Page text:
So ASICS had another sneaky little surprise for us waiting in the wings and that came in the form of the Superblast. This trend of new high-cushioned trainers that can be used for half-marathon and marathon-level distance training has become all the rage. Instead of being left out, ASICS decided to lean into it and deliver something that fits perfectly in that category. It’s something illegal that you’re not supposed to race in, but something that can be used for those marathon-level training days. It doesn’t have a plate, but it feels like it has a plate and it is pretty expensive, and we’re not quite sure how to feel about it… but here we go.
Quick Details, Specs, and Availability
- Totally unexpected and totally cool, but also we are kind of unsure where they fit…
- Weight – 8.43oz or 239g for a US Men’s 9, 7.5oz or 213g for a US Women’s 7
- Cushion – 45.5mm of cushion (34mm for women) and an 8mm heel/toe drop
- Pricing – $220.00 USD
- Colors – 4 colors available for men and women
Construction and Materials
- Upper – Features an asymmetric engineered mesh upper with a semi-gusseted tongue reminiscent of the Novablast 3.
- Midsole – Uses a dual-density design, mixing FlyteFoam Blast Turbo with FlyteFoam Blast+. This creates a softer landing experience while then transitioning in a more responsive take-off.
- Outsole – Features the same trampoline style outsole from the Novablast 3 but uses new AHAR+ rubber, which we WISH the Novablast 3 had.
Again the reason for this shoe is really clear. ASICS is missing a shoe in the distance training category where you’re not only training to put the miles on but also to keep the speed and tempo up. Most companies are delivering a plated solution, something like the New Balance FuelCell SuperComp Trainer or even the Puma Deviate Nitro 2, but ASICS did something a little different by not going plated. That doesn’t really matter though on here and we’ll tell you why.
It’s because the Superblast is an incredibly firm shoe. That midsole uses their FlyteFoam Blast Turbo mixed with FlyteFoam Blast+ so you get a soft landing and then an energized take-off. The crazy part is the engineering of that dual-density midsole has been done in such an incredibly stiff way. You can’t bend this shoe much like you can’t bend a plated shoe, the rebound is tangible in the design and in the feel. The only problem we found with this is that it can make the shoe itself just feel very stiff under foot, with virtually no softness. A plated shoe usually mixes softer materials with a plate with another layer of softer or firmer material for responsiveness. Here we lack a bit of that cushion because the entire midsole fees firm.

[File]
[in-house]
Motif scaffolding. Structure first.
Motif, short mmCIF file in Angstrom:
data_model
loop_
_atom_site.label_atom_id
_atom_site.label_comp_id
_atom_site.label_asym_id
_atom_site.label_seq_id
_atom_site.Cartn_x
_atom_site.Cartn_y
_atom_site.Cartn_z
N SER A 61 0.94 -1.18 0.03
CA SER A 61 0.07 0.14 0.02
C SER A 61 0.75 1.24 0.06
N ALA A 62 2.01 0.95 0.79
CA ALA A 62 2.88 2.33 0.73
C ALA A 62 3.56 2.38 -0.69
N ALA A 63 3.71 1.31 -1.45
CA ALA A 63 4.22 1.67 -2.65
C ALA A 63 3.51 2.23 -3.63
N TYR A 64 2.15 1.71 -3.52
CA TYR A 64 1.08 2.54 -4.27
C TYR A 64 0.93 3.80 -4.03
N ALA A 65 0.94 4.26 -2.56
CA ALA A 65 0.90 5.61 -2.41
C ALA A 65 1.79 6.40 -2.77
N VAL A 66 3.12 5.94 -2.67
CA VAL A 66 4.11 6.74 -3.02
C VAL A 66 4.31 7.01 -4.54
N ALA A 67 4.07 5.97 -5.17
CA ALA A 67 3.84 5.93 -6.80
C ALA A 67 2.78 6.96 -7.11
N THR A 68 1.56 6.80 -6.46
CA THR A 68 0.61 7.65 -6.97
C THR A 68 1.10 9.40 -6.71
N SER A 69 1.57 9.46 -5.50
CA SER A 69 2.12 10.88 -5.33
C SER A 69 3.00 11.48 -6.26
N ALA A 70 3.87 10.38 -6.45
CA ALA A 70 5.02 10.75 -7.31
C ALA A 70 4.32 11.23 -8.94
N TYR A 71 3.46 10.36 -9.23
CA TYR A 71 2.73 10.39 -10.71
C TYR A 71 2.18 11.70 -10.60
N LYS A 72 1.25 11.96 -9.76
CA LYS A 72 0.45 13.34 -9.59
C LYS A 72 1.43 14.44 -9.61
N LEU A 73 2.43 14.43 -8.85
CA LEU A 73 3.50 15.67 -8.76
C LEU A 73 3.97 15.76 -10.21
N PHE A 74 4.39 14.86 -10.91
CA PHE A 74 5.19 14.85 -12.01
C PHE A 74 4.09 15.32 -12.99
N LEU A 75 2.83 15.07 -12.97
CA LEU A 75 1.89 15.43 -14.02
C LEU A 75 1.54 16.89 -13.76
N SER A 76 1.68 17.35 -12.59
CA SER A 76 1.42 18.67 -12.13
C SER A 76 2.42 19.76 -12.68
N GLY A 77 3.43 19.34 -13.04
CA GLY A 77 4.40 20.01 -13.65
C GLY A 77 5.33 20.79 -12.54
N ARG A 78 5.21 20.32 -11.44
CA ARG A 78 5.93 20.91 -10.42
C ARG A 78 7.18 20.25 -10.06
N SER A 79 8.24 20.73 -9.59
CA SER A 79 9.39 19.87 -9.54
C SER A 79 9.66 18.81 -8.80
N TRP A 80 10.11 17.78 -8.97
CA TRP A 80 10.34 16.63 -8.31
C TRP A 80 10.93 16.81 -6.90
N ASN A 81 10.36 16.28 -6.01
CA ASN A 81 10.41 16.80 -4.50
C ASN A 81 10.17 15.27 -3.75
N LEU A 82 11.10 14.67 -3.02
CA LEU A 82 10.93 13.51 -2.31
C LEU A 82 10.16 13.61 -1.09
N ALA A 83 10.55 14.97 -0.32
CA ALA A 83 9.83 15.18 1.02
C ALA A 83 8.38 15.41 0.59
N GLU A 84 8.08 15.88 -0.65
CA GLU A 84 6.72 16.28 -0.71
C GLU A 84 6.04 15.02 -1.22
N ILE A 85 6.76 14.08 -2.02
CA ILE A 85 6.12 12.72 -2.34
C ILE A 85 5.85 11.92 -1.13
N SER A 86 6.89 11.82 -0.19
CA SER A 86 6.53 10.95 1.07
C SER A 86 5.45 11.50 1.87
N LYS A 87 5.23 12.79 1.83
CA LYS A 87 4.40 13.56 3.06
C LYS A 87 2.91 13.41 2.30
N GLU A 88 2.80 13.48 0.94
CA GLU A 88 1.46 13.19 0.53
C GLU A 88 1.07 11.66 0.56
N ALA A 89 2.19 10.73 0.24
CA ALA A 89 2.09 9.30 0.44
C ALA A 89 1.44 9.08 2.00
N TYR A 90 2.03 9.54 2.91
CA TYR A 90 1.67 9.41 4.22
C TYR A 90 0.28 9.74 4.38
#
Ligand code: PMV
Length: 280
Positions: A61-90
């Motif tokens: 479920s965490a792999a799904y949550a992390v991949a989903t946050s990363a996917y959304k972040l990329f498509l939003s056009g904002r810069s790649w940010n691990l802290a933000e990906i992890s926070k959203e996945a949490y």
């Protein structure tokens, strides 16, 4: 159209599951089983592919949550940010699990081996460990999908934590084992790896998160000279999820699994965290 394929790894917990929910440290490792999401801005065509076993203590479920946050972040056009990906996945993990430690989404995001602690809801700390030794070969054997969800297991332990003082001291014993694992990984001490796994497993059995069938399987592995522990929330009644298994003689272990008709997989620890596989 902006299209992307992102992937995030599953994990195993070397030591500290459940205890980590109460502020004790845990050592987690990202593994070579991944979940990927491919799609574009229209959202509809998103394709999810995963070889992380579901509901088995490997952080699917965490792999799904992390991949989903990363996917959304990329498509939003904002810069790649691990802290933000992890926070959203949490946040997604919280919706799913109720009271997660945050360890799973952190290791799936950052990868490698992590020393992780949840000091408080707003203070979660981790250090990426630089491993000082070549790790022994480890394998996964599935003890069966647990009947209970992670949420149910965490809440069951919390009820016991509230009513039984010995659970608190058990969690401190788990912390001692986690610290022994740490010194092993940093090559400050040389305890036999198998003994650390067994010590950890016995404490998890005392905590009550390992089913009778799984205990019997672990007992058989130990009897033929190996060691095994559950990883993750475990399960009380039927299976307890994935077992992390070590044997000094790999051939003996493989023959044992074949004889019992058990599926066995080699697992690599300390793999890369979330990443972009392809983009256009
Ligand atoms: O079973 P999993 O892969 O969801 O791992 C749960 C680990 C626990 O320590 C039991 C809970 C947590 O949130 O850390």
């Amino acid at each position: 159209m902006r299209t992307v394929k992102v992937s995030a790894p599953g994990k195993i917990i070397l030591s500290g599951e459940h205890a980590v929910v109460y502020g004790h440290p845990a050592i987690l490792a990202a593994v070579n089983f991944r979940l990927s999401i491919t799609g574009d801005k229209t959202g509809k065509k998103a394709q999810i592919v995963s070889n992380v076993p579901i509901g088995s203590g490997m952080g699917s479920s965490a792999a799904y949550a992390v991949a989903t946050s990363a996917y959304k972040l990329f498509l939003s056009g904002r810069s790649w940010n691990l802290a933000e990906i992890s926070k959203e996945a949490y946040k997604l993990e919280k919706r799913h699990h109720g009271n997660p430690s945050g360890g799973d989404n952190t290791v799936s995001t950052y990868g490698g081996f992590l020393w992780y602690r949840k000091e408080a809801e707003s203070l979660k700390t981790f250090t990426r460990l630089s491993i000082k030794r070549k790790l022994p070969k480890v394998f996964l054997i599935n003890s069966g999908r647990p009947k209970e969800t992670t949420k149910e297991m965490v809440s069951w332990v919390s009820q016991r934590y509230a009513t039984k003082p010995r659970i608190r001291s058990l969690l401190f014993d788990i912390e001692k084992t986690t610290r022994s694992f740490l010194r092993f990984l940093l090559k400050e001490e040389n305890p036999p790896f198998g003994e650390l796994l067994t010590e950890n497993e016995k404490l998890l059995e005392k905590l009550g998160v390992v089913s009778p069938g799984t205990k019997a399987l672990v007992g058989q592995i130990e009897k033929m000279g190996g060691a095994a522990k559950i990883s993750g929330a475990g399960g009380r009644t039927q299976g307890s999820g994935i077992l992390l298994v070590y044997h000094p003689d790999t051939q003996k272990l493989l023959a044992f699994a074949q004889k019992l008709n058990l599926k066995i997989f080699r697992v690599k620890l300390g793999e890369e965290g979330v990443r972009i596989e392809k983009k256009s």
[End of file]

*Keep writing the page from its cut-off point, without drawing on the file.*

However, this design does lead to a tremendous amount of performance. The Superblast serves its purpose really well if you want to train in a big old stack, have a solid amount of responsiveness, and don’t mind a bit of a firmer feel. If you want a bit of cushion in there, it takes a bit to get to that point with these because even for us after 50-plus miles, things still feel a bit tense in the midsole.
We do love the upper on here and we would argue that the upper on here is actually a touch better than the Novablast 3, a shoe we love more than anything right now. It also feels a bit more natural than some of those other marathon-level trainers which have opted for really different upper designs, we are looking at you New Balance.
So the Superblast itself is really uncomplicated. It’s a simple upper using very normal metaphors that you’re used to, mixed with a huge midsole that is super stiff and is reminiscent of a plated shoe. I think for us, we just like a little bit of softness here and there and that is missing.
The ASICS Superblast is a super cool shoe no question about it. ASICS set out to produce a distance-level trainer that can compete with others out there and they have done so successfully. For us, it is a little too firm and we are also concerned a bit about the price tag on them, but if you like the feel then they definitely function and do their job.
These shoes were provided by the manufacturer or its partners for the sole use of review. No implied or explicit guarantees were provided as it relates to the provision of these products and all editorial commentary is strictly the property of Running Northwest. In short, the fact they allowed us to test these shoes does not mean we are required to give it a favorable review… every product must earn it. We appreciate our manufacturer partnerships and if you have any questions, you can read our Disclosure Policy in further detail.
Check Out Other Reviewers Thoughts
As always, we gather together some of our favorite reviewers so you can get a well-rounded view of the shoe. Here are our favorites.